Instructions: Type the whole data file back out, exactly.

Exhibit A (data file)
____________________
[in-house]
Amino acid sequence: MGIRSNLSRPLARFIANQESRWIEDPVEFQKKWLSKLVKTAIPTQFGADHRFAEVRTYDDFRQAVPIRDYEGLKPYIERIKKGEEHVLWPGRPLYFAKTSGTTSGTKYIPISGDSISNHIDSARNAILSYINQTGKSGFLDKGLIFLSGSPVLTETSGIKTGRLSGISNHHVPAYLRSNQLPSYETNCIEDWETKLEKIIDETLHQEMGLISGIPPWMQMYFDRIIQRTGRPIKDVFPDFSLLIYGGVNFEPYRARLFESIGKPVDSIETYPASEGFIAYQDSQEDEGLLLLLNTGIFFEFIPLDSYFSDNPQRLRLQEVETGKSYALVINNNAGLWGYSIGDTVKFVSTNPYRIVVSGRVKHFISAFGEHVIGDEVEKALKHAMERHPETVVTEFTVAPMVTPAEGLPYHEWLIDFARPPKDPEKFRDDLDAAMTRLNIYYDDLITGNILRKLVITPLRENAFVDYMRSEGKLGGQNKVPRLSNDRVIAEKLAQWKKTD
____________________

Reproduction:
[in-house]
Amino acid sequence: MGIRSNLSRPLARFIANQESRWIEDPVEFQKKWLSKLVKTAIPTQFGADHRFAEVRTYDDFRQAVPIRDYEGLKPYIERIKKGEEHVLWPGRPLYFAKTSGTTSGTKYIPISGDSISNHIDSARNAILSYINQTGKSGFLDKGLIFLSGSPVLTETSGIKTGRLSGISNHHVPAYLRSNQLPSYETNCIEDWETKLEKIIDETLHQEMGLISGIPPWMQMYFDRIIQRTGRPIKDVFPDFSLLIYGGVNFEPYRARLFESIGKPVDSIETYPASEGFIAYQDSQEDEGLLLLLNTGIFFEFIPLDSYFSDNPQRLRLQEVETGKSYALVINNNAGLWGYSIGDTVKFVSTNPYRIVVSGRVKHFISAFGEHVIGDEVEKALKHAMERHPETVVTEFTVAPMVTPAEGLPYHEWLIDFARPPKDPEKFRDDLDAAMTRLNIYYDDLITGNILRKLVITPLRENAFVDYMRSEGKLGGQNKVPRLSNDRVIAEKLAQWKKTD